Not in a controlled environment. It's just a metal loop velcro'd into a pocket. When you pull, you're pulling a metal cable through a metal housing. The hardest part about pulling it is breaking the super thin rigger's thread.
Now think about it when you're in the air. You're 15 seconds from going in and you're probably spinning. Centrifugal force may be pulling your arms from your chest and your handle may be everywhere. You finally get your hands on it and that velcro's not going to be the easiest thing you've ever worked on. After all, the velcro pocket has only been opened about 5 times... ever. The adrenaline should take care of all of that... just make sure you're pulling on the right thing.
This may sound stupid but I don't know too much about gear....since a reserve has to be taken out and repacked every so often, could you practice pulling the handle right before it has to be packed just to see what it feels like? And in the suspended training harness, is the real thing that easy?
I've had no problem pulling my reserve handle, 3 times. And I'm a girl. Twice on my sport rig and once on a tandem. Trust me, you'll be 10 times stronger than you normally are at the moment you'll need to pull that bad boy. Next time your rig is due pull the handles and see!
not too much arm strength so I keep thinking about my RSL failing and not being able to get the reserve out
Please, please, please. do not ever rely on your RSL to do something you should be doing... The harness is a great idea. So is pulling the handle before a repack (please talk to your rigger first). And, as important as anything else, learning how the gear works. Once you exit the airplane, you're not much without your gear... Please take note of my lack of experience though when it comes to following my advices. Please check with your instructors.
I've had three reserve rides and not a single one was difficult to pull. NOW the cutaway was a tad difficult to pull on my last spinetto ride.
The hardest part about pulling it is breaking the super thin rigger's thread.
You understand that you can break that thread with your hands right? it just doesn't add much of anything to the pull. NOW if your rigger accidently puts red Ethread in there...your gonna have a HELLA time pulling that thing.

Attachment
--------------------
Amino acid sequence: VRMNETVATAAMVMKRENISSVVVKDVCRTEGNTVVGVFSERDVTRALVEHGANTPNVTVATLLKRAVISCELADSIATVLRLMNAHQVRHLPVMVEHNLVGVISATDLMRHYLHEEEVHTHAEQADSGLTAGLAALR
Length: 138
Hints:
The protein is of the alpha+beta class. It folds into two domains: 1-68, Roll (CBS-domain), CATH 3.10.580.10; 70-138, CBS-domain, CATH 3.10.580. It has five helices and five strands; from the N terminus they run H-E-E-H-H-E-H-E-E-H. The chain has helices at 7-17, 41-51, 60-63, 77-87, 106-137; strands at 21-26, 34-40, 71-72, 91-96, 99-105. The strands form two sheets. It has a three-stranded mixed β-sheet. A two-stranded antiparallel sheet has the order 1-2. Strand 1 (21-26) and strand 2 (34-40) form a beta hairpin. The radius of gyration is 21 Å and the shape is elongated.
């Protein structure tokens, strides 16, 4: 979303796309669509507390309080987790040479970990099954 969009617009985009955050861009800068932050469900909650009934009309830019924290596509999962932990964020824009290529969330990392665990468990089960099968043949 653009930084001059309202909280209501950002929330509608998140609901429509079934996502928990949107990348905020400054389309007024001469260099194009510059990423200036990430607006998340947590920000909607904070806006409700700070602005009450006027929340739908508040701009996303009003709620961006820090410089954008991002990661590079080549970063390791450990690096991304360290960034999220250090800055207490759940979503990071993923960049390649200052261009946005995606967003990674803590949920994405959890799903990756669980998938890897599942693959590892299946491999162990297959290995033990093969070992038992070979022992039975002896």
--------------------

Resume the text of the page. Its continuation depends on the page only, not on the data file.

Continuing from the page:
Also tightness of the pack job and closing loop length play a greater degree in difficulty of pull.
The hardest part of pulling a reserve is NOT breaking the seal thread. Often, it's getting the handle out of the pocket. Many people get in the habit of squeezing the reserve handle velcro every gear check. This just sets it more and more.
By law, without the seal thread, the reserve is not supposed to take more than 22 pounds to pull. This is not insignificant but many reserves don't approach that level. Plan on using two hands and push out from the chest.
Please DO pull your own reserve when and if you have your own rig. If you don't have your own yet, ask the DZO and a rigger on site if they have a rig that needs to be opened and if you can pull it. If so, try to do this in a hanging trainer, or at least put the rig on.
If you have your own rig please don't pull the reserve without your rigger present or asking him if it's okay. While you can do what you want with your rig, most riggers like to see the condition of the rig still packed, the PC launch, and the condition of the rig as the bag is removed as if opening. This lets us look for external damage that might indicate internal damage, the quality of the appearance of the reserve container, the appropriateness of the loop length, the way the bulk of the canopy was distributed so if the appearance needed help we can change it, etc. etc. Also if the rig is open there is more of a chance of damaging something during transport. Many riggers also check the previous pack jobs pull force. This can be done in some instances with out pulling the pin(s) completely so you can still pull it.